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Antipsychotics Are Likely Overprescribed Among Home Health Care Patients with Dementia, UR Nursing Study Says

  By Gianluca D'Elia
  Friday, September 15, 2023

Stock photo shows a nurse talking to an older adult woman about her medication

Antipsychotic use is a major safety concern among older adults in home health care, especially for those with Alzheimer’s disease and related dementias. A new study from the University of Rochester Medical Center finds that antipsychotic medications are potentially over-prescribed and used inappropriately among home health care patients to address behavioral and psychological symptoms of dementia.

When researchers examined information on more than 6,000 adults aged 65 years and older who were receiving care from a home health care agency across the state of New York in 2019, they found that patients with Alzheimer’s and related dementias were more than twice as likely to use antipsychotic drugs than patients without those conditions.

The side effects of antipsychotics can be harmful: antipsychotic use is linked to less improvement in daily activities, and a higher risk of heart attacks and death. Most antipsychotic medications that were included in the study are not approved by the U.S. Food and Drug Administration to treat dementia, but the condition is one of the most common off-label uses for those drugs.

jwang7.jpg“Many times, when those behavioral and psychological symptoms occur, there seems to be an urgency among family members and providers to offer a quick fix,” said Assistant Professor of Nursing Jinjiao Wang, PhD, RN, lead author of the study. “We’re looking at a medication that is prescribed with good intentions, but very often is not followed up on and is associated with a higher risk of adverse outcomes.”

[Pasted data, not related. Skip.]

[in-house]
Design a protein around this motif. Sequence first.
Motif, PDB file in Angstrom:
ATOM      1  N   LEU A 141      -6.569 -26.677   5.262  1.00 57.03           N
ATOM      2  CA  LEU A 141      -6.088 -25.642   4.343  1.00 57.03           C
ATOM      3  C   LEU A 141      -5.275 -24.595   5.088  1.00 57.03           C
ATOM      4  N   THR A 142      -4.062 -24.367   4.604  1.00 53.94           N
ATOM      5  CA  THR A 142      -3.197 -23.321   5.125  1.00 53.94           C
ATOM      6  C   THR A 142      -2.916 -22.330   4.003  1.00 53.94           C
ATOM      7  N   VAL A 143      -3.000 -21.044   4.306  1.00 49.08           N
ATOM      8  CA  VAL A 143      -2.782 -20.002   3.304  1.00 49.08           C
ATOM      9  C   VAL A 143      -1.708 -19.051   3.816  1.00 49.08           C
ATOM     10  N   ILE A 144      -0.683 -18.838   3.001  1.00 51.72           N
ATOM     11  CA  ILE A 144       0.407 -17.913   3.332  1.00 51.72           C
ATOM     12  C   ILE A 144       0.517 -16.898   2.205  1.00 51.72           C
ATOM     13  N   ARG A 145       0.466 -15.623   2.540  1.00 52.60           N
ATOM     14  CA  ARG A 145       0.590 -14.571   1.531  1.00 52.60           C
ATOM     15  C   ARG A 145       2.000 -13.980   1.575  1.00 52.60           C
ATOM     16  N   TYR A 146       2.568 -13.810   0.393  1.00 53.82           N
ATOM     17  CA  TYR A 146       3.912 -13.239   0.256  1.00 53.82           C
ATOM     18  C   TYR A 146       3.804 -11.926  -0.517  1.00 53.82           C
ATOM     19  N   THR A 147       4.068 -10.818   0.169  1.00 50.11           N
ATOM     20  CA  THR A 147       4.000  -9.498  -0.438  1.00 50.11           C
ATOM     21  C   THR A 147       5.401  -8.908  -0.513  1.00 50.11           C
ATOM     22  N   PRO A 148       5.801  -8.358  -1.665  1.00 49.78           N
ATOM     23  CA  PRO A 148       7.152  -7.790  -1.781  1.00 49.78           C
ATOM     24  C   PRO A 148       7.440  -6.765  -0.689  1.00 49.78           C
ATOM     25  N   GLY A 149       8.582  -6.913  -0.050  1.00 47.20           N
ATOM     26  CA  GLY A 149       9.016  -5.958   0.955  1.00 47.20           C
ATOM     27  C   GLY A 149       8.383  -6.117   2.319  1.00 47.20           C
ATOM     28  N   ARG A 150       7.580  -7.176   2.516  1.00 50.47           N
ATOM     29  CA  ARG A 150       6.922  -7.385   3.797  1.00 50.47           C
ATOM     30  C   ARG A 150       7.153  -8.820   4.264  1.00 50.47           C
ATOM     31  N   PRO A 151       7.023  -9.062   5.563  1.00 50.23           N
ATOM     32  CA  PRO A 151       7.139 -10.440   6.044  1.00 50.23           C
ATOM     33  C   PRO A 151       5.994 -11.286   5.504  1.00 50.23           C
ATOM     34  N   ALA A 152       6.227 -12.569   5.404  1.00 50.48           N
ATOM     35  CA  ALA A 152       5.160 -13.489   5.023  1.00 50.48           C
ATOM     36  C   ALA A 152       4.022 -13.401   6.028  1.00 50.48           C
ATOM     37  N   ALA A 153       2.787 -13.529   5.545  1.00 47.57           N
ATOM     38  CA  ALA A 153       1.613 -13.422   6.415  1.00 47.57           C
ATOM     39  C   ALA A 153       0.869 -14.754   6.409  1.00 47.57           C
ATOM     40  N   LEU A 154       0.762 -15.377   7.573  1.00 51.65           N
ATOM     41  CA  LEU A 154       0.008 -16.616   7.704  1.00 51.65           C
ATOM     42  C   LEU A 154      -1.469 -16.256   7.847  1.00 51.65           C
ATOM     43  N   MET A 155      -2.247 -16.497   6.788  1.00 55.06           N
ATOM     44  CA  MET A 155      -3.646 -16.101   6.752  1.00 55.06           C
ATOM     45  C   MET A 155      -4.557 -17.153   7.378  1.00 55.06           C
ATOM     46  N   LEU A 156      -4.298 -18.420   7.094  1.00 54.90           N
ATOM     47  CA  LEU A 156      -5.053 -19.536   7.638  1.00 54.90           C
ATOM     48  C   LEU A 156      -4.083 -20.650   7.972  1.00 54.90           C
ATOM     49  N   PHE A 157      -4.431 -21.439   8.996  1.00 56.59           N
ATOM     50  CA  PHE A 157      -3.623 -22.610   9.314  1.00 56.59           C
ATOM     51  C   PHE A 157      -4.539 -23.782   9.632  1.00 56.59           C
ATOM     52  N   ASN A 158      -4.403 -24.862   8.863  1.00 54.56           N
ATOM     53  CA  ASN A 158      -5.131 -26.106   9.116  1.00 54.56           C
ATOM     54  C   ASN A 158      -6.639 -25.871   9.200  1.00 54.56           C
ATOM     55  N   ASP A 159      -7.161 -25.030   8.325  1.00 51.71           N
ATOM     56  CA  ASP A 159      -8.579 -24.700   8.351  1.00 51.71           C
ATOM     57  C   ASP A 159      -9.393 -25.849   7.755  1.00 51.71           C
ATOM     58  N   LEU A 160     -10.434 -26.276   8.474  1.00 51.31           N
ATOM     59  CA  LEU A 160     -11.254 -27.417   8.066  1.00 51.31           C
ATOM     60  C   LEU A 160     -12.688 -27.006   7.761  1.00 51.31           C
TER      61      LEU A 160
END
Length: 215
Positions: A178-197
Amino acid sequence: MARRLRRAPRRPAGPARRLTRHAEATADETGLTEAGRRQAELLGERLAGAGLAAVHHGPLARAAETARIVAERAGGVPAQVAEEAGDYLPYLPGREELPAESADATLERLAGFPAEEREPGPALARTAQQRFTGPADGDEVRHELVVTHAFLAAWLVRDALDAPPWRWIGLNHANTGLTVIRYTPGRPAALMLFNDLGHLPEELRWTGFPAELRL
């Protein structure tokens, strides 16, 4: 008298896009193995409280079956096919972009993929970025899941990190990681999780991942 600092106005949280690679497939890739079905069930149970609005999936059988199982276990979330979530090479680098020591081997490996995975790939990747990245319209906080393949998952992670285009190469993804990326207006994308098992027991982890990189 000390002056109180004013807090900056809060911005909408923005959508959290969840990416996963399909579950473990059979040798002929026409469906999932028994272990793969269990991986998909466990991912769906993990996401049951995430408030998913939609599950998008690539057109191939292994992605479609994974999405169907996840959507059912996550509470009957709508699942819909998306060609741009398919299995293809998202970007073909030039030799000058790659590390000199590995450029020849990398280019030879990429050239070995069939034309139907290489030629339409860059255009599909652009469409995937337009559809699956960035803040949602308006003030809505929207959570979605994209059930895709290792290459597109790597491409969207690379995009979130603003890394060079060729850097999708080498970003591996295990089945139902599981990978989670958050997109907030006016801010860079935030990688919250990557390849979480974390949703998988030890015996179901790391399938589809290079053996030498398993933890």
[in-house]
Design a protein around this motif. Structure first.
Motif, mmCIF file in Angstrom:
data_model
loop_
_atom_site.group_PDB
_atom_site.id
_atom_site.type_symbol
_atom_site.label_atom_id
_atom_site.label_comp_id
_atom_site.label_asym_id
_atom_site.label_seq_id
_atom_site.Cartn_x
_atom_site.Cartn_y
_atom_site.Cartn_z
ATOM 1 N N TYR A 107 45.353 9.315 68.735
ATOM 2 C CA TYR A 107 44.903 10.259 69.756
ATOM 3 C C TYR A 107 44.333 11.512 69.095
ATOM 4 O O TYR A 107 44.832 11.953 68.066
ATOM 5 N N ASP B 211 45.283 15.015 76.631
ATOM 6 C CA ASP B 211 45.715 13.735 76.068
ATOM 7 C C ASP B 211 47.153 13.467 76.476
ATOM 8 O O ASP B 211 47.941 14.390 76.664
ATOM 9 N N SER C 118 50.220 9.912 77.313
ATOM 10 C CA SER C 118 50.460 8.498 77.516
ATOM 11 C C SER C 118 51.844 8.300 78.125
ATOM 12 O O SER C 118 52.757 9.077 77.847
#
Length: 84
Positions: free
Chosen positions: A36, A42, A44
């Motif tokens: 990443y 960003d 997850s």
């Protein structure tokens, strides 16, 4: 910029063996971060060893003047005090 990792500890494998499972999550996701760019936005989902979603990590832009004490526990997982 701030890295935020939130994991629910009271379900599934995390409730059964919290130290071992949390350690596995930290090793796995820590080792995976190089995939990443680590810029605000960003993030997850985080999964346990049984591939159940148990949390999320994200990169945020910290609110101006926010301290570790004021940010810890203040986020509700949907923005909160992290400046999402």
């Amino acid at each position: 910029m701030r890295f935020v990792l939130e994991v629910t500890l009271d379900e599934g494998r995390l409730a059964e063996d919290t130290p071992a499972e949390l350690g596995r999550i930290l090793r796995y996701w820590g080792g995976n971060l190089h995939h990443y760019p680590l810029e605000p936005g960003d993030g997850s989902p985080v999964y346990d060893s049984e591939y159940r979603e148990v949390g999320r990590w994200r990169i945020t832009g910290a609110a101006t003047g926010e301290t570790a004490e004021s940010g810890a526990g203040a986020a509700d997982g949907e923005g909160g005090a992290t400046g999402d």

Past research and policy efforts focused on antipsychotic use have primarily focused on nursing homes, yet little is known about antipsychotic use by older adults at home in the community setting. A majority of people with dementia are living in the community, especially during transitions between care settings, such as hospital-to-home, which is the focus of this study.

The study utilizes data collected by home health care nurses, who also play an important role in addressing the issue, Wang said. Nurses have the advantage of seeing everything in a patient’s home and noticing the small details.

“Being a home health care nurse allows you to have a deeper perspective and see a complete picture of what’s going on in a patient’s home,” Wang said. “We’re caring for a person who lives in his or her own environment, and we need to be holistic about how we assess and support the patient.”

“That’s exactly what nurses advocate for: the holistic approach to taking care of a human during the most vulnerable times of their lives,” she added.

Wang hopes to empower individuals with dementias to ask questions and take an active role in their own care.

“Don't ever feel shy about asking questions. If you've been taking a medication for 20 years, and you’re not sure if it does anything to you, ask about it,” Wang said. “Sometimes, patients don't want to ask too many questions, but your providers are there to support you.”

The study’s findings also emphasize the importance of caregiver education, strengthened relationships between home health care agencies and pharmacists, and advocating for access to non-pharmacological and behavioral interventions to improve symptom management.

“Dementia can make it harder for someone to manage many aspects of their life, but when you give people the right support, they can still have a good quality of life,” Wang said.

Read more in the Journal of the American Geriatric Society.

Categories: Research

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